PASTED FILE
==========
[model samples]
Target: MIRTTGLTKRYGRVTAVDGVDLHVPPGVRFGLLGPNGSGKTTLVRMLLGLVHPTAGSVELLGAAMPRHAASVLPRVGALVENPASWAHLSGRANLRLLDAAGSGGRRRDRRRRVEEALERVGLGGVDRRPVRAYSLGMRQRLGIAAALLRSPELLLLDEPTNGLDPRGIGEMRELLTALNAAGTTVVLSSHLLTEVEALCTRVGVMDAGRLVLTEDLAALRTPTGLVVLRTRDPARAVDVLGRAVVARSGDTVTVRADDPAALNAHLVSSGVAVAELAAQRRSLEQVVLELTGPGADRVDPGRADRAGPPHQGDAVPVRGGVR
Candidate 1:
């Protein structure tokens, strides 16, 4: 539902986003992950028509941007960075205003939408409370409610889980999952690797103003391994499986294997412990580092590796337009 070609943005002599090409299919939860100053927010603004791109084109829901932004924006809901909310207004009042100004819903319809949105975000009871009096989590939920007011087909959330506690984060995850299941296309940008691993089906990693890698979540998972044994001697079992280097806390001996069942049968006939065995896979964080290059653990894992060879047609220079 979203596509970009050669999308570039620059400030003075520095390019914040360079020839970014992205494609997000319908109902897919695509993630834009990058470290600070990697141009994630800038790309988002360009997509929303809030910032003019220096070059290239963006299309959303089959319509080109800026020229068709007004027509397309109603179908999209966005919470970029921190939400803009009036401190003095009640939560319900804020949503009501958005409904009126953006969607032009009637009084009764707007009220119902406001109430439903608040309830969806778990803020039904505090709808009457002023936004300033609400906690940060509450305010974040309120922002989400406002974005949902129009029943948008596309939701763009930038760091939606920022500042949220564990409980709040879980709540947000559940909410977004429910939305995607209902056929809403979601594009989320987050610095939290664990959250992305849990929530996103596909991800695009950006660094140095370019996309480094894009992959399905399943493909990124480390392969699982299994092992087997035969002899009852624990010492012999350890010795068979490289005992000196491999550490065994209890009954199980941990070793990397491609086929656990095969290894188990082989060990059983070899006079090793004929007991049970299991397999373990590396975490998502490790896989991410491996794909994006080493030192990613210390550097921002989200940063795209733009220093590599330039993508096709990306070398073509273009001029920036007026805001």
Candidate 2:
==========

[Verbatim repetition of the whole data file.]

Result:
[model samples]
Target: MIRTTGLTKRYGRVTAVDGVDLHVPPGVRFGLLGPNGSGKTTLVRMLLGLVHPTAGSVELLGAAMPRHAASVLPRVGALVENPASWAHLSGRANLRLLDAAGSGGRRRDRRRRVEEALERVGLGGVDRRPVRAYSLGMRQRLGIAAALLRSPELLLLDEPTNGLDPRGIGEMRELLTALNAAGTTVVLSSHLLTEVEALCTRVGVMDAGRLVLTEDLAALRTPTGLVVLRTRDPARAVDVLGRAVVARSGDTVTVRADDPAALNAHLVSSGVAVAELAAQRRSLEQVVLELTGPGADRVDPGRADRAGPPHQGDAVPVRGGVR
Candidate 1:
């Protein structure tokens, strides 16, 4: 539902986003992950028509941007960075205003939408409370409610889980999952690797103003391994499986294997412990580092590796337009 070609943005002599090409299919939860100053927010603004791109084109829901932004924006809901909310207004009042100004819903319809949105975000009871009096989590939920007011087909959330506690984060995850299941296309940008691993089906990693890698979540998972044994001697079992280097806390001996069942049968006939065995896979964080290059653990894992060879047609220079 979203596509970009050669999308570039620059400030003075520095390019914040360079020839970014992205494609997000319908109902897919695509993630834009990058470290600070990697141009994630800038790309988002360009997509929303809030910032003019220096070059290239963006299309959303089959319509080109800026020229068709007004027509397309109603179908999209966005919470970029921190939400803009009036401190003095009640939560319900804020949503009501958005409904009126953006969607032009009637009084009764707007009220119902406001109430439903608040309830969806778990803020039904505090709808009457002023936004300033609400906690940060509450305010974040309120922002989400406002974005949902129009029943948008596309939701763009930038760091939606920022500042949220564990409980709040879980709540947000559940909410977004429910939305995607209902056929809403979601594009989320987050610095939290664990959250992305849990929530996103596909991800695009950006660094140095370019996309480094894009992959399905399943493909990124480390392969699982299994092992087997035969002899009852624990010492012999350890010795068979490289005992000196491999550490065994209890009954199980941990070793990397491609086929656990095969290894188990082989060990059983070899006079090793004929007991049970299991397999373990590396975490998502490790896989991410491996794909994006080493030192990613210390550097921002989200940063795209733009220093590599330039993508096709990306070398073509273009001029920036007026805001």
Candidate 2: